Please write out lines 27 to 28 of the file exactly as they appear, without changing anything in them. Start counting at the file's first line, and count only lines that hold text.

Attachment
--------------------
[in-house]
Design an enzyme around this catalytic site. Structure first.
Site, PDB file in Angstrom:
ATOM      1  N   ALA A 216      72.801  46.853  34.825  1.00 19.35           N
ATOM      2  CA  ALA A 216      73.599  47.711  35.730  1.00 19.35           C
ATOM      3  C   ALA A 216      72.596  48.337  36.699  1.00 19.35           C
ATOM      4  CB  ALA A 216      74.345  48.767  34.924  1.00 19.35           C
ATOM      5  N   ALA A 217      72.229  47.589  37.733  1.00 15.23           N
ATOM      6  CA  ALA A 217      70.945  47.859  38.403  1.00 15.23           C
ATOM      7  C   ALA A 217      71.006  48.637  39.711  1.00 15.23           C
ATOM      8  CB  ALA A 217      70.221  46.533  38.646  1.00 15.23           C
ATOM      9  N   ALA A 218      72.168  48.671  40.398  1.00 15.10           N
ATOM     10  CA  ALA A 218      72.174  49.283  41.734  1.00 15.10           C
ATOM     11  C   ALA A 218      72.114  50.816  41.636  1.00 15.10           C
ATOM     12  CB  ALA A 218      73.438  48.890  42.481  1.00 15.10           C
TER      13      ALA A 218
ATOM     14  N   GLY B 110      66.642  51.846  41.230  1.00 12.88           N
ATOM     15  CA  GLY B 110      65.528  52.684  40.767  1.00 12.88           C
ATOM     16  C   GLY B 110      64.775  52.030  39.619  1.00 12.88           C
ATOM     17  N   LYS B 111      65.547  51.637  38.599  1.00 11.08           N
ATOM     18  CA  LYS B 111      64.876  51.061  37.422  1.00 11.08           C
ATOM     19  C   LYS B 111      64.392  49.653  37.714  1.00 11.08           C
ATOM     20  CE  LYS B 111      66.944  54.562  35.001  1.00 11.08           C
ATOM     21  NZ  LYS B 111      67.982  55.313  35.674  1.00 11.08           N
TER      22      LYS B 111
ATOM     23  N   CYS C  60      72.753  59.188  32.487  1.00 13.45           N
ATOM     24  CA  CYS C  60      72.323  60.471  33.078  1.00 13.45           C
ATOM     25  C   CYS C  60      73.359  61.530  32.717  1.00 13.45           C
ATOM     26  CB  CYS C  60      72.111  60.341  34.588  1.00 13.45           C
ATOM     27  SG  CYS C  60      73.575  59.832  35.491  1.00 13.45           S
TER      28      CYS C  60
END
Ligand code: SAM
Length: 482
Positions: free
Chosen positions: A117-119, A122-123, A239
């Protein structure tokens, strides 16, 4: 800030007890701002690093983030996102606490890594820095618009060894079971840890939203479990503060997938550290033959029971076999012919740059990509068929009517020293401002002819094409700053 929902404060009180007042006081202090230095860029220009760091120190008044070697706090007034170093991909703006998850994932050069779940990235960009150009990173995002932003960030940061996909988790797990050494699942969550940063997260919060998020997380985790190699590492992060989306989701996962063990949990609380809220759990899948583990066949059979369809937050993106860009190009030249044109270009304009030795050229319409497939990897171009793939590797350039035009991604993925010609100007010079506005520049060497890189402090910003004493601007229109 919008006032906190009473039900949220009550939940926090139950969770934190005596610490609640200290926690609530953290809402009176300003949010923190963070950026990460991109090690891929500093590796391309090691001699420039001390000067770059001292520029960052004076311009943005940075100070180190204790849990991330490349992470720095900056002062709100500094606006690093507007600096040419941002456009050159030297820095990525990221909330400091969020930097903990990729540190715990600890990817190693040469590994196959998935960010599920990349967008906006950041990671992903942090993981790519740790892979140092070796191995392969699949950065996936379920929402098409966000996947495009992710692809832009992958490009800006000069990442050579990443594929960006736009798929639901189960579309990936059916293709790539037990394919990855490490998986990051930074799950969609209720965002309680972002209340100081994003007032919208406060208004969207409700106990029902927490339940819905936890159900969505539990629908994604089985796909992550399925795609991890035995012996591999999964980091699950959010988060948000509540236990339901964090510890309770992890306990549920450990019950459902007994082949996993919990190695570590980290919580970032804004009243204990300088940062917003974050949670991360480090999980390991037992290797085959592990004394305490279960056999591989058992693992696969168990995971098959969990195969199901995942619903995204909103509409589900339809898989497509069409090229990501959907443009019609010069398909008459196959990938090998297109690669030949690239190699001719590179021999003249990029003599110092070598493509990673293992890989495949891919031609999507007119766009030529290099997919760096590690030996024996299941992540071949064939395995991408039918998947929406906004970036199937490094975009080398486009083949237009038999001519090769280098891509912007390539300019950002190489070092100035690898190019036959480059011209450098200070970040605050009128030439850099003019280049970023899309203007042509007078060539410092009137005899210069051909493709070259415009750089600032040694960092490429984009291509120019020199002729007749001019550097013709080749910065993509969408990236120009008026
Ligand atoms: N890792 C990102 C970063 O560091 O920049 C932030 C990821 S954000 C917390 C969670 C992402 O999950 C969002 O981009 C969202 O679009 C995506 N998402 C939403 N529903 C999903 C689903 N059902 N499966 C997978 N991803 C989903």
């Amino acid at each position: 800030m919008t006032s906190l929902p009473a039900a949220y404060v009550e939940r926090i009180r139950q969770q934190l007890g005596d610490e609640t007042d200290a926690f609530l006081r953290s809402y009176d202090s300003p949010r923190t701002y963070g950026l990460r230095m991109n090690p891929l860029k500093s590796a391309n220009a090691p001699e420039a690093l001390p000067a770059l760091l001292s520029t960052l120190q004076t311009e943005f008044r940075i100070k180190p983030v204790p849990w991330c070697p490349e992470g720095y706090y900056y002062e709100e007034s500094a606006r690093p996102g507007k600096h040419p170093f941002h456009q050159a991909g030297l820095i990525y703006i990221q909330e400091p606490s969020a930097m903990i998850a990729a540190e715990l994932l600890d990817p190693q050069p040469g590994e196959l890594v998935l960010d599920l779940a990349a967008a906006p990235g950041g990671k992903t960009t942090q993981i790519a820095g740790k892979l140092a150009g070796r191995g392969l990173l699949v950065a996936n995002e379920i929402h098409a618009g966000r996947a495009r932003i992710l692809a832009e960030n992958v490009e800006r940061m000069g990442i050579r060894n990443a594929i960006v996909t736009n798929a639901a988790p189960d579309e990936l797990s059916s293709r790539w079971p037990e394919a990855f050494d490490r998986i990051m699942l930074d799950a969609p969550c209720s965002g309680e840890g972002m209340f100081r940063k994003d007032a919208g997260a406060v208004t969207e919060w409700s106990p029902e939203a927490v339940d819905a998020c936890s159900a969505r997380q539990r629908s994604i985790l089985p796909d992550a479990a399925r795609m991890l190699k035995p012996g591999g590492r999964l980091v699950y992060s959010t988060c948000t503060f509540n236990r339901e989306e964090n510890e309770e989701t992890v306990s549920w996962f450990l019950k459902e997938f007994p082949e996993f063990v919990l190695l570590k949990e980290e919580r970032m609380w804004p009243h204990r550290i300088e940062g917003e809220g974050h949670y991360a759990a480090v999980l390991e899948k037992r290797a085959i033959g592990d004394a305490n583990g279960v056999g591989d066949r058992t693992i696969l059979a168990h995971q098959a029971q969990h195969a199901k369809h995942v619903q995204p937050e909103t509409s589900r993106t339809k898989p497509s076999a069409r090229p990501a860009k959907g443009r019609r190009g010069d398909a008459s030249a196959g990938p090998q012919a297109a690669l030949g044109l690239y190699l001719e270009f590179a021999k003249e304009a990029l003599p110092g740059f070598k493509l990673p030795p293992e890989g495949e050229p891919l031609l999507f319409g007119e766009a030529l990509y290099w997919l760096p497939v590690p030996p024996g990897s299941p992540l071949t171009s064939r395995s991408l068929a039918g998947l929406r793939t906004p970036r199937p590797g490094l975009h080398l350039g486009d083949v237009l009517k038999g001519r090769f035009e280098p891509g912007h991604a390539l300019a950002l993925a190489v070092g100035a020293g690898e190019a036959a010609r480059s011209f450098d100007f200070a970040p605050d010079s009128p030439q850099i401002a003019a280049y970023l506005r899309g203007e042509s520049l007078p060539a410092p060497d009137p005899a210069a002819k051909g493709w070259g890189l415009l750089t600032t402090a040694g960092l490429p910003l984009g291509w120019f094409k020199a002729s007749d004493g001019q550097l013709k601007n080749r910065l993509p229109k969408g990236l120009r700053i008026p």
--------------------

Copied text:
ATOM     24  CA  CYS C  60      72.323  60.471  33.078  1.00 13.45           C
ATOM     25  C   CYS C  60      73.359  61.530  32.717  1.00 13.45           C